In recent years, Dionne Warwick has become nearly as renowned for her definitive title as the Queen of Twitter as she is for her incredible music career.
The star, who is now 82 years old, signed her first recording contract in 1962 and has sold over 100 million records worldwide. She has won six Grammys and has been inducted into the Hollywood Walk of Fame, Grammy Hall of Fame, and R&B Music Hall of Fame.
In fact, in 2019 Dionne won the Grammy Lifetime Achievement Award, further cementing her position as a music legend.
But that’s not all. Dionne is also somewhat of an icon on social media and has built a loyal following thanks to her hilarious tweets that aren't afraid to call out other celebrities.
In 2020, Dionne tickled fans when she tweeted: “Hi, @chancetherapper. If you are very obviously a rapper why did you put it in your stage name? I cannot stop thinking about this.”
She then followed up with: “I am now Dionne the Singer.”
Later that same day, she moved on to a different rapper, writing: “The Weeknd is next. Why? It’s not even spelled correctly? @theweeknd.”
“I do have one question. What does Offset mean?” she asked her followers. “Is there also an Onset walking around somewhere?”
And now it has been revealed that Dionne has never been shy about putting rappers on blast, with Snoop Dogg recalling the moment that she “out-gangstered” him and other rappers in the ‘90s by confronting them over their misogynistic lyrics.
According to Billboard, in the new CNN film Dionne Warwick: Don’t Make Me Over, Snoop — now 51 — says that Dionne effectively held an intervention for him and his peers, including Tupac Shakur.
Dionne told the group to be at her home for the meeting no later than 7 in the morning, with Snoop admitting that all of the men were so intimidated by her that they were waiting in her driveway by 6:52 a.m.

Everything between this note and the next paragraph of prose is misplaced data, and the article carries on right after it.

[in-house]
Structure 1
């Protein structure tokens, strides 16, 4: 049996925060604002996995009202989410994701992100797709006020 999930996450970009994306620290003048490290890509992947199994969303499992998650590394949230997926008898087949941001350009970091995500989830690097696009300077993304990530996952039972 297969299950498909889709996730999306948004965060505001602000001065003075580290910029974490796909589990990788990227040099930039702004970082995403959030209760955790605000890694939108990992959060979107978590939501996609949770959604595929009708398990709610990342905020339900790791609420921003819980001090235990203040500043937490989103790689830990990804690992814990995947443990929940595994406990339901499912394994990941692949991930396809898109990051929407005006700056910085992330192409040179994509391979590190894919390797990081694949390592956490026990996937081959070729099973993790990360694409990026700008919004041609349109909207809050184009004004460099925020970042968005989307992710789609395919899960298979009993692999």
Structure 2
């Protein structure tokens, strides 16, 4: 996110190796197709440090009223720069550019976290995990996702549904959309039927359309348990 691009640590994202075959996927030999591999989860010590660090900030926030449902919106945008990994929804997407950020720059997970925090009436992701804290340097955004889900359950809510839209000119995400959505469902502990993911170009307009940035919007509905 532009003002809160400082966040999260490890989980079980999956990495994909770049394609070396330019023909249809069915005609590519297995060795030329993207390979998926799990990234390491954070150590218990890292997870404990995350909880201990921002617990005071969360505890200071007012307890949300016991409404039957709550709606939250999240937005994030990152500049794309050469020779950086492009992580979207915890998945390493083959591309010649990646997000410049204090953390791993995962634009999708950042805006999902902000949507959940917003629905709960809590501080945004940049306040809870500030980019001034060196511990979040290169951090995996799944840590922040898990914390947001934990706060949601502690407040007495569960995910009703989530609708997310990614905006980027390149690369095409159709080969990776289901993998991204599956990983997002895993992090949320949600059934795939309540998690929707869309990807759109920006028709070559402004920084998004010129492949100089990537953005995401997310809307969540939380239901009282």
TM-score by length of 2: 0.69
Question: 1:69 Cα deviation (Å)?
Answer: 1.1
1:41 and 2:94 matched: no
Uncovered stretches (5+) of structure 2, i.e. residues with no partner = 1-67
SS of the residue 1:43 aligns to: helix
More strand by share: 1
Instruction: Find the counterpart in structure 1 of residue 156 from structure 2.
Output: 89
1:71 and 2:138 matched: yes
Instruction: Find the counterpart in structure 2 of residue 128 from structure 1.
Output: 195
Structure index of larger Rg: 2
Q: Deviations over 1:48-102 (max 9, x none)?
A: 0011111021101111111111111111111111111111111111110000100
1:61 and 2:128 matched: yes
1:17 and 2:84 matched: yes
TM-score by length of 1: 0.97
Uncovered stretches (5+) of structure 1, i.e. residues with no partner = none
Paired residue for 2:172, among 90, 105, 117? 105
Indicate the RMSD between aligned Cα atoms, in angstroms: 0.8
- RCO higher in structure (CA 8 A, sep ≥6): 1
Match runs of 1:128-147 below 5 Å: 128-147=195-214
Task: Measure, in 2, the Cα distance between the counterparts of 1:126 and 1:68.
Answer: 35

“We were kind of, like, scared and shook up,” Snoop recalls. “We’re powerful right now, but she’s been powerful forever. Thirty-some years in the game, in the big home with a lot of money and success.”
Snoop then says that during the meeting Dionne told the rappers to call her a “bitch” to her face, pointing out that this is how they comfortably refer to women in their songs.
Dionne adds of the incident: “These kids are expressing themselves, which they’re entitled to do. However, there’s a way to do it.”
“You guys are all going to grow up,” she remembers telling the group. “You’re going to have families. You’re going to have children. You’re going to have little girls, and one day that little girl is going to look at you and say, ‘Daddy, did you really say that? Is that really you?’ What are you going to say?”
“She was checking me at a time when I thought we couldn’t be checked,” Snoop confesses. “We were the most gangsta as you could be, but that day at Dionne Warwick’s house, I believe we got out-gangstered that day.”
And Dionne ended up changing the trajectory of Snoop’s career, with the rapper deciding to switch up his approach to music from that moment on.
“I made it a point to put records of joy — me uplifting everybody and nobody dying and everybody living,” he said. “Dionne, I hope I became the jewel that you saw when I was the little, dirty rock that was in your house. I hope I’m making you proud.”
Previously, Dionne revealed that Tupac was also at this meeting as she admitted that she was “giving them a spanking” — but only because she cared.
During an appearance on The Real, the star said: “They felt that I was, as they said, 'dissing them.’ I wanted them to know that they were dealing with someone that — first of all, if I didn't care about you, you would not have been invited to my home."
"They all kind of knew that I was quite serious. We had something to talk about," Dionne continued. "I was giving them a spanking, and they wanted to know why I was spanking them."
Dionne Warwick: Don’t Make Me Over will encore on CNN at 9pm ET on Jan. 21 and is available via CNN On Demand until Jan. 28 for cable and satellite subscribers.